The 2023 housing market faced one of the same roadblocks we saw in 2022: mortgage rates were too high for home sales growth. Now that we’re in 2024, the Federal Reserve‘s rate hike cycle is over, so let’s look at what that means for housing demand and home prices. However, a yearly forecast has limitations and in this crazy housing and economic cycle, if people give you a yearly forecast without guidance as variables change, you’ll be dealing with stale data. Every Saturday I publish a weekly housing market tracker with forward-looking data and insights so you can adjust quickly to market conditions.
Here’s my forecast for 2024:
10-year yield and mortgage rates
For 2024, the 10-year yield range will be similar to 2023, but with a few different variables to watch.
- 10-year yield range: 4.25%-3.21%
- Mortgage rates: between 7.25%-5.75%
A key level to watch for the 10-year yield is 3.37%. To go below this level last year, labor would need to break, so I borrowed Gandalf the Grey’s catchphrase: “You shall not pass.” And the 10-year yield did not pass that level in 2023!
However, if the labor or economic data gets weaker, we can break through that Gandalf line, which means 2.72% on the 10-year yield is in play for 2024. This could mean sub-5% mortgage rates if the spreads get better — a win for the housing market.. If the spreads are still bad, mortgage rates will be between 5%-6%. If the 10-year yield gets above 4.25%, the U.S. economy has outperformed again, as it did in Q3 when it grew at 5% and jobless claims fell.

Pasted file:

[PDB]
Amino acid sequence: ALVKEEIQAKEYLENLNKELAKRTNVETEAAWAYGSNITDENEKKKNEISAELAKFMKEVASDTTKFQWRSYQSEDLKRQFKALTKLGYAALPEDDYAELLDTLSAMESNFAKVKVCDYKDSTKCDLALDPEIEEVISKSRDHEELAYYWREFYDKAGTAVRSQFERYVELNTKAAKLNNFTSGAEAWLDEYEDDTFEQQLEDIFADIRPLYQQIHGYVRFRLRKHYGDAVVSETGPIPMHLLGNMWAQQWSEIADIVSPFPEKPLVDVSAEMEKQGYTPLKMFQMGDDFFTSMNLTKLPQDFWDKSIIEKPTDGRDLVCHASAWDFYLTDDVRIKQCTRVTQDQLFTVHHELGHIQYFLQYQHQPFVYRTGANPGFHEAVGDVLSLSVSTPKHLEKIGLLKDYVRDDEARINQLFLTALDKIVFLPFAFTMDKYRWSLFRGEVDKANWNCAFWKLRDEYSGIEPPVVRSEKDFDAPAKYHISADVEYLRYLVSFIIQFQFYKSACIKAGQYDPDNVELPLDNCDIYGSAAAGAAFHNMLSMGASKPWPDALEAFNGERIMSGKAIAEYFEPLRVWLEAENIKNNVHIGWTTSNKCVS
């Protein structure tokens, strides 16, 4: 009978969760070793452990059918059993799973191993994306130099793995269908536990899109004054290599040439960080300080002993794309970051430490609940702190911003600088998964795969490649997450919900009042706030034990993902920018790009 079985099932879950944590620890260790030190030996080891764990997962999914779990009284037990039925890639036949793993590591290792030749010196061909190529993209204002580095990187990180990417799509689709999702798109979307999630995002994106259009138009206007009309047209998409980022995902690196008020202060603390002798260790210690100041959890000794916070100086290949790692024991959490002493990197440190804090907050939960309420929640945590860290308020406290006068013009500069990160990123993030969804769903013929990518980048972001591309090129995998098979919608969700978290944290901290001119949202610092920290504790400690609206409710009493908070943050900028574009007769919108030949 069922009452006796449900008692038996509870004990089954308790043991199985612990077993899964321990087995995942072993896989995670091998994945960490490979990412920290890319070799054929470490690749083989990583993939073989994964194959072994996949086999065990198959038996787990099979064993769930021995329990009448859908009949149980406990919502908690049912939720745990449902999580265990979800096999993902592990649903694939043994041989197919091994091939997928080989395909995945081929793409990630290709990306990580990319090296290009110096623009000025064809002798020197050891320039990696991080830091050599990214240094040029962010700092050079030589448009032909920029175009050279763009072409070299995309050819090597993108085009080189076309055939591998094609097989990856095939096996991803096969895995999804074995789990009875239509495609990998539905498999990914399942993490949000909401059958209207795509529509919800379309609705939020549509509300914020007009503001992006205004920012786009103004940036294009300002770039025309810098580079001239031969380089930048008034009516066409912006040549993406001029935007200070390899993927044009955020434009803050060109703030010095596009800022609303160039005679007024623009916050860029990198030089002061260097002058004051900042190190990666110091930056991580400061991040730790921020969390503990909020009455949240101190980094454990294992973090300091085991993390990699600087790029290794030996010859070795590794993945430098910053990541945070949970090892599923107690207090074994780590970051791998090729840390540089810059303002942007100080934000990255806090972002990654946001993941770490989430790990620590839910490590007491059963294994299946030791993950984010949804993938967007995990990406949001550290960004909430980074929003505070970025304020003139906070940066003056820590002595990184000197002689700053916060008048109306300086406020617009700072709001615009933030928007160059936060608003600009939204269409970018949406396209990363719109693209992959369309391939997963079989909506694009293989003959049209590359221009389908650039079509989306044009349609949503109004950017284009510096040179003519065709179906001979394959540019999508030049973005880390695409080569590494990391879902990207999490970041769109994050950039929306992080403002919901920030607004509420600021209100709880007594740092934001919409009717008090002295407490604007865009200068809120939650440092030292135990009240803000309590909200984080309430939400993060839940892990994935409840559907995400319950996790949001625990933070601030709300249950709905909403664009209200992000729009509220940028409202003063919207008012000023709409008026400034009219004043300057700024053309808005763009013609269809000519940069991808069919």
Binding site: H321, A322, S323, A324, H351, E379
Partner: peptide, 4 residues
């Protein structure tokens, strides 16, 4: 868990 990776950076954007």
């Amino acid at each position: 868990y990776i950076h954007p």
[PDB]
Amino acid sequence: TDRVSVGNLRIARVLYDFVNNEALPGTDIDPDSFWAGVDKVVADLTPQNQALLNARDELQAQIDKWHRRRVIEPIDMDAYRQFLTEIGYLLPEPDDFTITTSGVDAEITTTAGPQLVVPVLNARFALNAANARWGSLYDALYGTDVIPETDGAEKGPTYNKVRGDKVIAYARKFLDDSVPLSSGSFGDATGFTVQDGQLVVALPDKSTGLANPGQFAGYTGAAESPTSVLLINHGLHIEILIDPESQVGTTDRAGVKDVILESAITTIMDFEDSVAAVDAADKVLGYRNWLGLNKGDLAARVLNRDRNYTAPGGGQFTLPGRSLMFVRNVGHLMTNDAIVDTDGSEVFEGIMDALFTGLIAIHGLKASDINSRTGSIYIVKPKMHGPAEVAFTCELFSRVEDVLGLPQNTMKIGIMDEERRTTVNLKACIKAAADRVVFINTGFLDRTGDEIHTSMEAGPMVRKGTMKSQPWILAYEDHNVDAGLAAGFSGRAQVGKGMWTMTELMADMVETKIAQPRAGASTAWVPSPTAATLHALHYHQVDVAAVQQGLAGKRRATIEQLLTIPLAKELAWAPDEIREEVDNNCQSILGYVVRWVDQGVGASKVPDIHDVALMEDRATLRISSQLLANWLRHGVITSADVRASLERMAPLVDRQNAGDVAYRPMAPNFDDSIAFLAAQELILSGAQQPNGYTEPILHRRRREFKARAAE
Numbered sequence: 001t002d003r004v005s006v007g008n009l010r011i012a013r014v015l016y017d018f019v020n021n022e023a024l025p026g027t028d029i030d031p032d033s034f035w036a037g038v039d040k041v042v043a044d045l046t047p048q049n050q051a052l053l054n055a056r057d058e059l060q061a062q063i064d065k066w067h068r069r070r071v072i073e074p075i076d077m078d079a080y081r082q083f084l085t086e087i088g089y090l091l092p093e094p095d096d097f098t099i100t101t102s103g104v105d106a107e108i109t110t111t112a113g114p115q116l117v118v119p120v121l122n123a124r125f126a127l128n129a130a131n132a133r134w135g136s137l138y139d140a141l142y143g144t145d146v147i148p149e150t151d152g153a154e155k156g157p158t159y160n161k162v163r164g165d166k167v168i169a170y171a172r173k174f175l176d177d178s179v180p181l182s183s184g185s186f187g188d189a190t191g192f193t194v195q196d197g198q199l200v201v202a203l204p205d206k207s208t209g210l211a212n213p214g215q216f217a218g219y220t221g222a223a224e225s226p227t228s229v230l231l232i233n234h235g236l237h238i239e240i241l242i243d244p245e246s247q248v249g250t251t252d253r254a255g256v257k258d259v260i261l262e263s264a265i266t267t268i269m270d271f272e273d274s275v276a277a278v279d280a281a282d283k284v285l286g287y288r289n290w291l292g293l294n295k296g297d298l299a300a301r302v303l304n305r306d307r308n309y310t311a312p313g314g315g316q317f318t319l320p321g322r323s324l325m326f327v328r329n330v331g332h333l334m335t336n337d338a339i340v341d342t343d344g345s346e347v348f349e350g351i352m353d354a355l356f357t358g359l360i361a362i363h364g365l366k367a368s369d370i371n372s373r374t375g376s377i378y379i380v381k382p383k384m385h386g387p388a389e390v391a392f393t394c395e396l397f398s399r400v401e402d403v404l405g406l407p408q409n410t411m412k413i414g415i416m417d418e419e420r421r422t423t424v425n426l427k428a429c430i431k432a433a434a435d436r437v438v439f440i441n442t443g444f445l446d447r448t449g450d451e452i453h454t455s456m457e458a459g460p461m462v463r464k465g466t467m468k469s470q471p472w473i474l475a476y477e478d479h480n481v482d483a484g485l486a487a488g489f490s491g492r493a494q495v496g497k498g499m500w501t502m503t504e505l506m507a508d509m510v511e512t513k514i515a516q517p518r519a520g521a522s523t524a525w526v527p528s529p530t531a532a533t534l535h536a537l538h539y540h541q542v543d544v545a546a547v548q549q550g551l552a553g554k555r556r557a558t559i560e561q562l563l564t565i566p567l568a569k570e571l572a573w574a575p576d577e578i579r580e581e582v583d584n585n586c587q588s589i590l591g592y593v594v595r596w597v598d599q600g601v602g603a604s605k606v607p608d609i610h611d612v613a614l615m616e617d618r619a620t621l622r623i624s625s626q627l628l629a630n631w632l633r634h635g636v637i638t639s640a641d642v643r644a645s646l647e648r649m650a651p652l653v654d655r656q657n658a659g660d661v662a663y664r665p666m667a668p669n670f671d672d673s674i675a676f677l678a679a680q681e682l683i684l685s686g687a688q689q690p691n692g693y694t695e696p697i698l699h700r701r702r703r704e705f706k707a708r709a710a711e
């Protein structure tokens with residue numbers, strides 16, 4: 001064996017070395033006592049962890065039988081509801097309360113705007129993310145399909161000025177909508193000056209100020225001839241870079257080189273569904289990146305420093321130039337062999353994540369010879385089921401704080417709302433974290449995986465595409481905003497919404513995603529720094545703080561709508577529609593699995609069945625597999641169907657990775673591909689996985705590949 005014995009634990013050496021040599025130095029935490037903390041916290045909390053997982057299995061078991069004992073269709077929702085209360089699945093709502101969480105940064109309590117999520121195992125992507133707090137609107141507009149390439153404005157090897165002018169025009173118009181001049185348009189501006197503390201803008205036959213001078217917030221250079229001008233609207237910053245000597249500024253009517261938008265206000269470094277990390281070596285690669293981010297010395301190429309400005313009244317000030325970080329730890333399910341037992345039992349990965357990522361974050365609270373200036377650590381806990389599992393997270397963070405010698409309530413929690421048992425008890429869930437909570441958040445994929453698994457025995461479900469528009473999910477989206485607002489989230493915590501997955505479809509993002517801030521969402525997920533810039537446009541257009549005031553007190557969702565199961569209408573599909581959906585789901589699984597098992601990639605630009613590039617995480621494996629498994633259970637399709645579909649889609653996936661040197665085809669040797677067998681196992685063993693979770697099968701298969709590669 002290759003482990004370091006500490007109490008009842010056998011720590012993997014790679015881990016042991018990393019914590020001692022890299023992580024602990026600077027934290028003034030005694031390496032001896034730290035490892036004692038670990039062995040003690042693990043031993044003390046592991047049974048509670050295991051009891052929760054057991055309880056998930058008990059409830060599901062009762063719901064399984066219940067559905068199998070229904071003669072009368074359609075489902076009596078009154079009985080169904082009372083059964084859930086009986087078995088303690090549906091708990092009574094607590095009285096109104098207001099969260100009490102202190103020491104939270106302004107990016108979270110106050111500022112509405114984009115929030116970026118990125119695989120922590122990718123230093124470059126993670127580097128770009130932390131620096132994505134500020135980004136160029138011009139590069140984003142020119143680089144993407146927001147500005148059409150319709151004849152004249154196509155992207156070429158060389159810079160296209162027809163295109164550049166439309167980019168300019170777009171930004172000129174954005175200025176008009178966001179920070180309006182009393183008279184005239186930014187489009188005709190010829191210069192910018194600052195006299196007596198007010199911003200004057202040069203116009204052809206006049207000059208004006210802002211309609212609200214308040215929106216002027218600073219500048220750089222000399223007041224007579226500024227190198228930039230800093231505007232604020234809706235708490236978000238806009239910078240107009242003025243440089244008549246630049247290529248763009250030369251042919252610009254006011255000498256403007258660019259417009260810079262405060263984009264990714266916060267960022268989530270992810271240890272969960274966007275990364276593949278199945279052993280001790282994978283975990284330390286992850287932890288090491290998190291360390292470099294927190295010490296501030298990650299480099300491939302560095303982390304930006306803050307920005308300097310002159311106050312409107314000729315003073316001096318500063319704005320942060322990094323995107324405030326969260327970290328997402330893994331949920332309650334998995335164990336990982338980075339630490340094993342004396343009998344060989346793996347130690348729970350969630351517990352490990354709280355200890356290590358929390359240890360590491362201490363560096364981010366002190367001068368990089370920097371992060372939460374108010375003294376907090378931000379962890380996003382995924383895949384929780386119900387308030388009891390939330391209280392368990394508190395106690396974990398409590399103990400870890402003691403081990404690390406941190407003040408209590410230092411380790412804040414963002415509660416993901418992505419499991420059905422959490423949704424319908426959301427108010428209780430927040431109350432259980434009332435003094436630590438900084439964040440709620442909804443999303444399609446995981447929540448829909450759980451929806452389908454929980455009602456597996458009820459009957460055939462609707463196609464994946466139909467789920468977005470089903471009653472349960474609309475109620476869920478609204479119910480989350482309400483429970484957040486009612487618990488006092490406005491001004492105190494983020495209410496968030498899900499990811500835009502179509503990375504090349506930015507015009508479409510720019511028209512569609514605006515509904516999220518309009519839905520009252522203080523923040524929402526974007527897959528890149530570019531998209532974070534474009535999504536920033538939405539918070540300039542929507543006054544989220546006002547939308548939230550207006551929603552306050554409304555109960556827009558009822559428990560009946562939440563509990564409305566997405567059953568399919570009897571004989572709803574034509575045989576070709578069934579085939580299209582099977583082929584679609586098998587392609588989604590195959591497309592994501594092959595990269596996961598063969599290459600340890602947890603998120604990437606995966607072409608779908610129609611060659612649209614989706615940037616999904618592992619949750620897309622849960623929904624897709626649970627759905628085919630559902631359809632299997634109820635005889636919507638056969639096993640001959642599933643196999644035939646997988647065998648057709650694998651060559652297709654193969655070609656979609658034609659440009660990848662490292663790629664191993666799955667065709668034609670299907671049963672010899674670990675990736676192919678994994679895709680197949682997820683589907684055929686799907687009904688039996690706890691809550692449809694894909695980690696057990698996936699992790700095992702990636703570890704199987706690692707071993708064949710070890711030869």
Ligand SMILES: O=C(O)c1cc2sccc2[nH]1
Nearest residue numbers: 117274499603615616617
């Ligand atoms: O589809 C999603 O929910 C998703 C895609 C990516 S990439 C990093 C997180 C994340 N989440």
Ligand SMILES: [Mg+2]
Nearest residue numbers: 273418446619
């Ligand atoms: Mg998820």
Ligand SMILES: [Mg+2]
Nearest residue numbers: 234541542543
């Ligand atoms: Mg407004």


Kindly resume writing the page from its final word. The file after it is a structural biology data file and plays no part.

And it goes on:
Here is a chart of the 10-year yield with the inflation growth rate data tied to it for 2023:
Now let’s talk about mortgage rates!
The spread between the 10-year yield and mortgage rates can get better in 2024, which means mortgage rates could be 0.625% to 1% lower next year. For example, mortgage rates would be under 6% today if the spreads were normal. Instead, they closed 2023 at 6.67%. If the spreads get anywhere back to normal and the 10-year yield gets to the lower end of the range in 2024, we can have sub-5 % mortgage rates in 2024.